In a sure-fire test of the Democrats’ oft-stated promise to promote unity and healing in post-Trump Washington, a Republican congressman has introduced a resolution to honor the late Rush Limbaugh.
“I introduced a resolution with 43 of my @HouseGOP colleagues honoring the life and legacy of Rush Limbaugh,” Rep. Doug Lamborn of Colorado recently tweeted.
“Rush was a patriot, and his voice will truly be missed. I refuse to let liberals tarnish his reputation. His legacy and importance will not be forgotten.”
Limbaugh died on Feb. 17 at 70 following a lengthy bout with lung cancer.
Lamborn’s resolution praises Limbaugh as “a pioneer in conservative talk radio” whose life and legacy should be honored for “inspiring millions of radio listeners and for his devotion to our country.”
Lamborn then recaps highlights of Limbaugh’s illustrious career that warrant him being honored by the House.
For instance, he points out that former President Donald Trump awarded Limbaugh the Presidential Medal of Freedom, America’s highest honor for civilians, at the February 2020 State of the Union Address.
He noted that Limbaugh’s daily three-hour show was the number one talk-radio program for more than 30 years.
President Ronald Reagan sent Limbaugh a thank-you note in 1992 for “all you’re doing to promote Republican and conservative principles,” and that two years later the freshmen GOP House lawmakers made Limbaugh an honorary member of their group after the toppled the Democrats’ 40-year rule.
Lamborn points to Limbaugh’s other honors, such as twice being a New York Times bestselling author, a member of both the Radio Hall of Fame and the National Association of Broadcasters Hall of Fame, and a five-time winner of the National Association of Broadcasters Marconi Award for Excellence in Syndicated and Network Broadcasting.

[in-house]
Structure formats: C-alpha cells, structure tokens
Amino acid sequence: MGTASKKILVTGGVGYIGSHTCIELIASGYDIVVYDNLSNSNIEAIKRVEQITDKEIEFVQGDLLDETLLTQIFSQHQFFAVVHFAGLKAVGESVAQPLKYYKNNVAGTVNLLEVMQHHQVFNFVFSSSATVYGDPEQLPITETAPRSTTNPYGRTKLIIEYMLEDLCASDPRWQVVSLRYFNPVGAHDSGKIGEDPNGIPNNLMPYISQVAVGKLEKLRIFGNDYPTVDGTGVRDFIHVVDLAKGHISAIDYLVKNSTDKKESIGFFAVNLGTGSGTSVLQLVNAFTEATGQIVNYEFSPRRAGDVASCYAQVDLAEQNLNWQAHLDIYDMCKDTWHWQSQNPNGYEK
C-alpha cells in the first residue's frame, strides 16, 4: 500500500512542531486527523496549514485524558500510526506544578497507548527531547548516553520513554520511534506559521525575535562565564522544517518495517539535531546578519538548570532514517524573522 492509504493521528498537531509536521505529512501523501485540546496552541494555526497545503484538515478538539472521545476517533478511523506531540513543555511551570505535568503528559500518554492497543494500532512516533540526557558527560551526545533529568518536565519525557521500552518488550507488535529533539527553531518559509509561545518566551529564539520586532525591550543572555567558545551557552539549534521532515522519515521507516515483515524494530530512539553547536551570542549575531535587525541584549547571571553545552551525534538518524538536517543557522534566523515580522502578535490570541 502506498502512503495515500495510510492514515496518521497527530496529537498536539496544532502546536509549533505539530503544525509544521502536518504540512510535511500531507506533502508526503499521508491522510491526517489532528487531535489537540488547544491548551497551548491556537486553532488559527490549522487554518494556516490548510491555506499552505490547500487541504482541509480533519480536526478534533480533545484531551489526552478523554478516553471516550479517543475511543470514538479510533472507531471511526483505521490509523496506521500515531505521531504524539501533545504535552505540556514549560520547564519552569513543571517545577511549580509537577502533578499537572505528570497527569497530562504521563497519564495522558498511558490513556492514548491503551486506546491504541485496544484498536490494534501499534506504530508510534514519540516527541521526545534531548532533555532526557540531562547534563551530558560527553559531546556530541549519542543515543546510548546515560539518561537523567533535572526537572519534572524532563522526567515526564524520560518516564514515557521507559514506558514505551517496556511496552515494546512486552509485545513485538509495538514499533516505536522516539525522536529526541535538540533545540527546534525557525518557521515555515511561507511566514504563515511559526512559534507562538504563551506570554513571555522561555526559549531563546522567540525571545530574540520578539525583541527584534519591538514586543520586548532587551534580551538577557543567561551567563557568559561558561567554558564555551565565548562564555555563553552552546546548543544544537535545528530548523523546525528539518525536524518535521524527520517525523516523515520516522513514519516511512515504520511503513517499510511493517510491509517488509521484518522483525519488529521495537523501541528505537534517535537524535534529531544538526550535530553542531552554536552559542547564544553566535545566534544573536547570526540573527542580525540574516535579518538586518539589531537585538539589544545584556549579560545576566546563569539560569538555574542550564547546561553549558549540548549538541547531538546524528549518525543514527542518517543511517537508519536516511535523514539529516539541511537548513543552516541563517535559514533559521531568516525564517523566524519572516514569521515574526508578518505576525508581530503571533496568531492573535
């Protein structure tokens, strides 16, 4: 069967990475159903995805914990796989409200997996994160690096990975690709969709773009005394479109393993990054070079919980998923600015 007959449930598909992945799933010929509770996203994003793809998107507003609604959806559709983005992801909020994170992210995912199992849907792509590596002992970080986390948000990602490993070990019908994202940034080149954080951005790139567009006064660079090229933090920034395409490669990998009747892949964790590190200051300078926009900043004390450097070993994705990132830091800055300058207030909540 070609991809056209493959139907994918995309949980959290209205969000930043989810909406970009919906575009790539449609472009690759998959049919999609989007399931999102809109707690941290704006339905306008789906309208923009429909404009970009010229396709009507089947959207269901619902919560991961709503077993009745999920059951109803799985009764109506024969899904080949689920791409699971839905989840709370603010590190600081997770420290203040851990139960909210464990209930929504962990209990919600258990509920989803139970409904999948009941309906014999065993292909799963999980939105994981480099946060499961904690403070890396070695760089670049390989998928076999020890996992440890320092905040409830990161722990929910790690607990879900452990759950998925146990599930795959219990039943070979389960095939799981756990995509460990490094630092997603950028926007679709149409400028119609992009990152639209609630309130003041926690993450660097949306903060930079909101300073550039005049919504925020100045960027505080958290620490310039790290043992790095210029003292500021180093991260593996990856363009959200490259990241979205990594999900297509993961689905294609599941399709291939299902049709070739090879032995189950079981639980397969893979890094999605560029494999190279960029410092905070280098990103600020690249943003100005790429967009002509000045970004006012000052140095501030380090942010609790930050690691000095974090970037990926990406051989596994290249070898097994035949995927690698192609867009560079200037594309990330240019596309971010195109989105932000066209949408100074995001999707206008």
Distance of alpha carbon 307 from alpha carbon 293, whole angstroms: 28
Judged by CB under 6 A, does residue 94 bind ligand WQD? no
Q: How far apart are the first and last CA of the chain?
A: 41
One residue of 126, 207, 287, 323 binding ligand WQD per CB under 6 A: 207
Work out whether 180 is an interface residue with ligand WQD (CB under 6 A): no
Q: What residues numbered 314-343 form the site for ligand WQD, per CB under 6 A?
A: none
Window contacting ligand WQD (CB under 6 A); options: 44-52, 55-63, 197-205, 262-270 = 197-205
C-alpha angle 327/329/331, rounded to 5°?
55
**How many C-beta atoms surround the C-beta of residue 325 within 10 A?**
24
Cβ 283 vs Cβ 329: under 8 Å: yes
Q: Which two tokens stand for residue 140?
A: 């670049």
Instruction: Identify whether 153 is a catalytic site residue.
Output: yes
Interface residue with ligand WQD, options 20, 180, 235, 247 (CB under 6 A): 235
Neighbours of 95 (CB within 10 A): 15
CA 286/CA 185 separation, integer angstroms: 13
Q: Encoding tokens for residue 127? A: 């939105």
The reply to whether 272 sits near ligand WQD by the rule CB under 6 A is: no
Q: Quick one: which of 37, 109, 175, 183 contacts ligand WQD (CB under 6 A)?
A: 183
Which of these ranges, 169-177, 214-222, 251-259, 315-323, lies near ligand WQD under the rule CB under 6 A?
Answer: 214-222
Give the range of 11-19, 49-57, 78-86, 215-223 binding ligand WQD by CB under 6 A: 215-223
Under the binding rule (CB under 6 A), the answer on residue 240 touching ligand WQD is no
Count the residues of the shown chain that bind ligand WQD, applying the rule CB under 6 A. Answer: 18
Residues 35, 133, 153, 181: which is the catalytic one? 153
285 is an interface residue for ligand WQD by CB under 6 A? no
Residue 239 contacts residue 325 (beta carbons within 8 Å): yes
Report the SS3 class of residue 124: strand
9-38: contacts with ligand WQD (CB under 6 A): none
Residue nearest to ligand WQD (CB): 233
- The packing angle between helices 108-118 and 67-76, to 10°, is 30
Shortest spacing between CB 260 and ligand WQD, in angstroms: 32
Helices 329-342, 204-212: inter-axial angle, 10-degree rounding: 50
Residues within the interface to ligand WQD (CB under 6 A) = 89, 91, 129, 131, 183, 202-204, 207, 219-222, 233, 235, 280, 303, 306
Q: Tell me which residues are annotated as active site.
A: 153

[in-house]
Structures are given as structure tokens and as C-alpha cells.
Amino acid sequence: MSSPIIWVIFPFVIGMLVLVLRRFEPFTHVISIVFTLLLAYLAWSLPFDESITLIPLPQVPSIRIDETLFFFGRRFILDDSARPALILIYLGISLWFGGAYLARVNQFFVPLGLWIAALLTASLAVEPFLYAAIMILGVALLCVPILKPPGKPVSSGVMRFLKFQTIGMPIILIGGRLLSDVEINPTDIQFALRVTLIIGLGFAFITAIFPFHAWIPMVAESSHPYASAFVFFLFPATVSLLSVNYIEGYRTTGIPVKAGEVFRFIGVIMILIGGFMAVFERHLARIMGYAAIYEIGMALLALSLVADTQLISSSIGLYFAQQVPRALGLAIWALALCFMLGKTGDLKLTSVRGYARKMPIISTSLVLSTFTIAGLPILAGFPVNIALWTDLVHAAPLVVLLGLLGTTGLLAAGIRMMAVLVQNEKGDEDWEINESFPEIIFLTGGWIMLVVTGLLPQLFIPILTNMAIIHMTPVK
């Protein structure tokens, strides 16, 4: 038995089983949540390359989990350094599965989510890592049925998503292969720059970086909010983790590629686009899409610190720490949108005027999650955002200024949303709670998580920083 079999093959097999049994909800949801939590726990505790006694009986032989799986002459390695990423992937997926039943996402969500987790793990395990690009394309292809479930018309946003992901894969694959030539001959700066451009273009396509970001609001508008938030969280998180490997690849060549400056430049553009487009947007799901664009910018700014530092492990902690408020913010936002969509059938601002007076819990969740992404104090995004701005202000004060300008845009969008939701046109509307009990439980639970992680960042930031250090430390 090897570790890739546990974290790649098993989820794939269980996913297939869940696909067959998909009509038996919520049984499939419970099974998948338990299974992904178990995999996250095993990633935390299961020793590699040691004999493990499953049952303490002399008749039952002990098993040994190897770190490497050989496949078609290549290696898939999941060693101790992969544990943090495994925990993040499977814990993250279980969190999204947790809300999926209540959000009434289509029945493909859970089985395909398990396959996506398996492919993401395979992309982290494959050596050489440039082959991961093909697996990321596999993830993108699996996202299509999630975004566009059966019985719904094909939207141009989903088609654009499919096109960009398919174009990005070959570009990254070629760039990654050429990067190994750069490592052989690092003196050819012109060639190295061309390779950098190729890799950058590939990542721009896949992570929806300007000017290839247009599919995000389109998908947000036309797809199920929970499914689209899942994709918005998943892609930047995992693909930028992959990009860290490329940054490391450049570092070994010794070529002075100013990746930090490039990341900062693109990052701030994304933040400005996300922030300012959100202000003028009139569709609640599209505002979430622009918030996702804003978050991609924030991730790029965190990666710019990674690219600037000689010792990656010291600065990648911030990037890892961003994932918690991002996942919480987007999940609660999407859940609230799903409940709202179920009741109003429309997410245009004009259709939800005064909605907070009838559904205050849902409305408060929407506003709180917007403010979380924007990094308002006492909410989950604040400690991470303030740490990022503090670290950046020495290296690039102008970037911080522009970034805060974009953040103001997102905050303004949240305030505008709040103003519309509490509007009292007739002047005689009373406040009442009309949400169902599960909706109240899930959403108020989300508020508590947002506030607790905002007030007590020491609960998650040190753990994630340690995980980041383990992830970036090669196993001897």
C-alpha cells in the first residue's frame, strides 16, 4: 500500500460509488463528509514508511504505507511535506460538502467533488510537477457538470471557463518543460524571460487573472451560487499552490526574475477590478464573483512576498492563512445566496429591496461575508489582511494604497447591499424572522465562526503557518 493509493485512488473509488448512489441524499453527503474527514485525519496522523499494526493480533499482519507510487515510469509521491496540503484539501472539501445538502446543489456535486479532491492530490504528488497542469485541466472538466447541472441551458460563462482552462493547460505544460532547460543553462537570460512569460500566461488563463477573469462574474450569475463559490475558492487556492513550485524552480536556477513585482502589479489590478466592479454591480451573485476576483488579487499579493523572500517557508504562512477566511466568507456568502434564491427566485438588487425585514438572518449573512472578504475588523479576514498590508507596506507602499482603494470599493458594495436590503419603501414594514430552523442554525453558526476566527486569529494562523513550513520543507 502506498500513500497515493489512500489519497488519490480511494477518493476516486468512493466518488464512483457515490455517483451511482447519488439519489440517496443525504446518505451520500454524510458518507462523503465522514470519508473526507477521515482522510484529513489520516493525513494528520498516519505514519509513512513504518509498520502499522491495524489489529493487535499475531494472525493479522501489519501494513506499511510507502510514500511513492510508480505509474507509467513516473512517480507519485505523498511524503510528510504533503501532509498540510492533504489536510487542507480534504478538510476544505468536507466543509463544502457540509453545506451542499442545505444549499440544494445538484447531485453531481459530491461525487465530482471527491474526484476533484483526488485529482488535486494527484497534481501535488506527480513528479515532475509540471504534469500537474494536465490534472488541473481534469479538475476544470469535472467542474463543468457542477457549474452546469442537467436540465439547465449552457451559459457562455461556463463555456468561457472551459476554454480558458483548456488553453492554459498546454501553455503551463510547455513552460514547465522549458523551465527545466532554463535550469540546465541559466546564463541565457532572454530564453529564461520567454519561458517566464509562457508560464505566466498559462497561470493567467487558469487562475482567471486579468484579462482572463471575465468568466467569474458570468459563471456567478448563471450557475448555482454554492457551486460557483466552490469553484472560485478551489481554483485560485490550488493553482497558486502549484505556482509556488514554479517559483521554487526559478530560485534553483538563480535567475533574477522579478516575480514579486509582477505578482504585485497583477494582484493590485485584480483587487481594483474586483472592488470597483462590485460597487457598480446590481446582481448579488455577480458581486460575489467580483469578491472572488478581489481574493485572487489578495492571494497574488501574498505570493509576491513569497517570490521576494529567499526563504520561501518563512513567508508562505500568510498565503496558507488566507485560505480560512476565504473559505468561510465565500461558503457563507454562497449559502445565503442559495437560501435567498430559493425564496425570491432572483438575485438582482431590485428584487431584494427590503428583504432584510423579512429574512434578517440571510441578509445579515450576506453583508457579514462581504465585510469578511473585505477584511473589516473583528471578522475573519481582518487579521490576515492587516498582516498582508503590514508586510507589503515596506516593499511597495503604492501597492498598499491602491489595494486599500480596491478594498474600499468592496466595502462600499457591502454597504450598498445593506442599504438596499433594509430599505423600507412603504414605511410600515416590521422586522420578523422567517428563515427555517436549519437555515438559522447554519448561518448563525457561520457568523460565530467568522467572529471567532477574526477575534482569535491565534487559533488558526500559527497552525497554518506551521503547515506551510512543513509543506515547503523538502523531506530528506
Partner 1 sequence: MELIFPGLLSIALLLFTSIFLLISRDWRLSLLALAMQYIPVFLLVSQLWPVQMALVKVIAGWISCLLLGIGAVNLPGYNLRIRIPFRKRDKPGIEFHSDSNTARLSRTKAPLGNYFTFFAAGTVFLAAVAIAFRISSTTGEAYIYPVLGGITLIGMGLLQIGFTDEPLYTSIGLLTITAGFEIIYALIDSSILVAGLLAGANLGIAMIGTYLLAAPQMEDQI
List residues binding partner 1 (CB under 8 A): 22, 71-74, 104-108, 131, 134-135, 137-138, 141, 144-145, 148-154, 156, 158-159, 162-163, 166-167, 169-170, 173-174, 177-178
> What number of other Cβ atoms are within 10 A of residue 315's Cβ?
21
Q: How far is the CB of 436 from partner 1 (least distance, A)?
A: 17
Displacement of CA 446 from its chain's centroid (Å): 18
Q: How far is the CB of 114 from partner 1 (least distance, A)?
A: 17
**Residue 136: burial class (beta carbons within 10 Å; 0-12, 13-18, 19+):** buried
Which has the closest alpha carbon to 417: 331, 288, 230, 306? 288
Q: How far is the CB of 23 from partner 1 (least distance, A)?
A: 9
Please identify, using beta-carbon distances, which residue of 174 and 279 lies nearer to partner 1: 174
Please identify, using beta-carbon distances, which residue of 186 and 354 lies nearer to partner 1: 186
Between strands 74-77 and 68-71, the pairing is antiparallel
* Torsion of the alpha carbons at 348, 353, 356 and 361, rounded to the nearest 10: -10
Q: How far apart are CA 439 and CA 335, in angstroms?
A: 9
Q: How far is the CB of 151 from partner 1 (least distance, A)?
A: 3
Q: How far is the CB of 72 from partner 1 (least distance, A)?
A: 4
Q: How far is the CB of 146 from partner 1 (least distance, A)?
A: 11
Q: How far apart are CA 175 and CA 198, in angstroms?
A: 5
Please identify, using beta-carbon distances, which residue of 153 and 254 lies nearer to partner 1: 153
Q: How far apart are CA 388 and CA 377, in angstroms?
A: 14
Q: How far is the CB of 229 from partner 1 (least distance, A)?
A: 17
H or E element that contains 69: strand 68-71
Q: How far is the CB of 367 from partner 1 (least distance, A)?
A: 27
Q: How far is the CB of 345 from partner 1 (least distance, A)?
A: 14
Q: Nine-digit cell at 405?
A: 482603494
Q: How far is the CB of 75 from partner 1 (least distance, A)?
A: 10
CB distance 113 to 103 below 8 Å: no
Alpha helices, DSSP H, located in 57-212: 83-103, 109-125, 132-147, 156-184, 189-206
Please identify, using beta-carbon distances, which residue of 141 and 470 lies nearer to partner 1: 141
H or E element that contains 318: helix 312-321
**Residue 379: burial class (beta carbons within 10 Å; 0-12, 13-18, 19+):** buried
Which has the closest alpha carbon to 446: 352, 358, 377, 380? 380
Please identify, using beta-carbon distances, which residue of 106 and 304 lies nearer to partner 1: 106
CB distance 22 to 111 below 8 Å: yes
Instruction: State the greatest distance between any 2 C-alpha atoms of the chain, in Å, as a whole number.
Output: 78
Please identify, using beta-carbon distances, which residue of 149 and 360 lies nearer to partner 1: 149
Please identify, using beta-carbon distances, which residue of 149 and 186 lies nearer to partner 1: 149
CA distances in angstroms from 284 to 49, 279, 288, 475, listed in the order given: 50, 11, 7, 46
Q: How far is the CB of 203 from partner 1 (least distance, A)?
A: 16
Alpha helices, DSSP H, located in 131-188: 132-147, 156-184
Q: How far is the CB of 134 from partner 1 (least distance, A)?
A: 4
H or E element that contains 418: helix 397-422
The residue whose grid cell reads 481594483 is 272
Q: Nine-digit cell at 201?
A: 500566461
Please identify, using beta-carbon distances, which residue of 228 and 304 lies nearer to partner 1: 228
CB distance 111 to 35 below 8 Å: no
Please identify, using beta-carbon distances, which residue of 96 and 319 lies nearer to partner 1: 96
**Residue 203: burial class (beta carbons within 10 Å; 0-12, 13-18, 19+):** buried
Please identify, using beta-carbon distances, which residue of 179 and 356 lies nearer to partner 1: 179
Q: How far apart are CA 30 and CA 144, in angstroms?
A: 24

Limbaugh, the resolution says, was named one of Barbara Walters’ 10 Most Fascinating People for 2008, and was one of Time magazine’s 100 Most Influential People in the World in 2009.
Last but not least, the resolution states, Limbaugh “helped raise and personally donate(d) millions of dollars to charitable organizations.”
As of Tuesday night, Lamborn had corralled 50 GOP co-sponsors. They include:
Brian Babin (Texas); James Baird (Ind.); Dan Bishop (N.C.); Lauren Boebert (Colo.); Mo Brooks (Ala.); Michael Burgess (Texas); Ken Calvert (Calif.); Jerry Carl (Ala.); Steve Chabot (Ohio); Andrew Clyde (Ga.); Eric Crawford (Ark); Jeff Duncan (S.C.); Tom Emmer (Minn.); Matt Gaetz (Fla.); Bob Gibbs (Ohio); Louie Gohmert (Texas); Lance Gooden (Texas); Paul Gosar (Az.); Marjorie Taylor Greene (Ga.); Morgan Griffith (Va.); Brett Guthrie (Ky.); Jim Hagedorn (Minn.); Yvette Herrell (N.M.); Jody Hice (Ga.); Bill Huizenga (Mich.); Darrell Issa (Calif.); Ronny Jackson (Texas); Bill Johnson (Ohio); Billy Long (Mo.); Barry Loudermilk (Ga.); Blaine Luetkemeyer (Mo.); Tom McClintock (Calif.); Daniel Meuser (Pa.); Barry Moore (Ala.); Markwayne Mullin (Okla.); Dan Newhouse (Wash.); Guy Reschenthaler (Pa.); John Rose (Tenn.); David Rouzer (N.C.); David Schweikert (N.C.); Greg Steube (Fla); Randy Weber (Texas) Roger Williams (Texas); Ted Budd (N.C.); Russ Fulcher (Idaho); Michael Guest (Miss.); Andy Harris (Md.); Ralph Norman (S.C.); Burgess Owens (Utah); and Jason Smith (Mo.).
Republicans paid homage to two major Democratic icons who passed last year – Rep. John Lewis and Supreme Court Justice Ruth Bader Ginsburg. House Speaker Nancy Pelosi can return the favor by honoring a giant among conservatives. Will she?